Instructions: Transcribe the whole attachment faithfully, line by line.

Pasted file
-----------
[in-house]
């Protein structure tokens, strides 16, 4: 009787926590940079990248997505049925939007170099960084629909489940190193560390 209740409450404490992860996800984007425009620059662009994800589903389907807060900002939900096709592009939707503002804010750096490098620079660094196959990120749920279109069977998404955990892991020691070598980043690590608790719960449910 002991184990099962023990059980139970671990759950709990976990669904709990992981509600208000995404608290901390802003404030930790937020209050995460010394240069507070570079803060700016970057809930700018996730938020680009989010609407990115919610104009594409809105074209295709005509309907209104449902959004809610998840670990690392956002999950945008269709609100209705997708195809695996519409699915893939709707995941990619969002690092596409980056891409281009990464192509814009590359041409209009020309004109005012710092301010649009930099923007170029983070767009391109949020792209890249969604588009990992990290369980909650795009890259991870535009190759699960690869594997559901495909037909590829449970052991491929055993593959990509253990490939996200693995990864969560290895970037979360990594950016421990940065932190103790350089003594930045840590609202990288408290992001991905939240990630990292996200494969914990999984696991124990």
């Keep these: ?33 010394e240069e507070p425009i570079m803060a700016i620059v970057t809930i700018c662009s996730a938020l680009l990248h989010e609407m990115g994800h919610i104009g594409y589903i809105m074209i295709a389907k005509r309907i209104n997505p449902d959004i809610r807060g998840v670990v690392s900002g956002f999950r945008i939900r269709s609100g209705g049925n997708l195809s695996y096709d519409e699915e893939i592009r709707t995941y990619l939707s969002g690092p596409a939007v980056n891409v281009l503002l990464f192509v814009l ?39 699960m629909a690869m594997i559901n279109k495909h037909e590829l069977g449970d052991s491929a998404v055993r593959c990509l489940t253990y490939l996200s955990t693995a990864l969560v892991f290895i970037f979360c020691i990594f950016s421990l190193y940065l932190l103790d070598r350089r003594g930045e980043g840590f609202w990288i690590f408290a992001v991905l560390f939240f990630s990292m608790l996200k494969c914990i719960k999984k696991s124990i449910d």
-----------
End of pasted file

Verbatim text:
[in-house]
């Protein structure tokens, strides 16, 4: 009787926590940079990248997505049925939007170099960084629909489940190193560390 209740409450404490992860996800984007425009620059662009994800589903389907807060900002939900096709592009939707503002804010750096490098620079660094196959990120749920279109069977998404955990892991020691070598980043690590608790719960449910 002991184990099962023990059980139970671990759950709990976990669904709990992981509600208000995404608290901390802003404030930790937020209050995460010394240069507070570079803060700016970057809930700018996730938020680009989010609407990115919610104009594409809105074209295709005509309907209104449902959004809610998840670990690392956002999950945008269709609100209705997708195809695996519409699915893939709707995941990619969002690092596409980056891409281009990464192509814009590359041409209009020309004109005012710092301010649009930099923007170029983070767009391109949020792209890249969604588009990992990290369980909650795009890259991870535009190759699960690869594997559901495909037909590829449970052991491929055993593959990509253990490939996200693995990864969560290895970037979360990594950016421990940065932190103790350089003594930045840590609202990288408290992001991905939240990630990292996200494969914990999984696991124990």
């Keep these: ?33 010394e240069e507070p425009i570079m803060a700016i620059v970057t809930i700018c662009s996730a938020l680009l990248h989010e609407m990115g994800h919610i104009g594409y589903i809105m074209i295709a389907k005509r309907i209104n997505p449902d959004i809610r807060g998840v670990v690392s900002g956002f999950r945008i939900r269709s609100g209705g049925n997708l195809s695996y096709d519409e699915e893939i592009r709707t995941y990619l939707s969002g690092p596409a939007v980056n891409v281009l503002l990464f192509v814009l ?39 699960m629909a690869m594997i559901n279109k495909h037909e590829l069977g449970d052991s491929a998404v055993r593959c990509l489940t253990y490939l996200s955990t693995a990864l969560v892991f290895i970037f979360c020691i990594f950016s421990l190193y940065l932190l103790d070598r350089r003594g930045e980043g840590f609202w990288i690590f408290a992001v991905l560390f939240f990630s990292m608790l996200k494969c914990i719960k999984k696991s124990i449910d």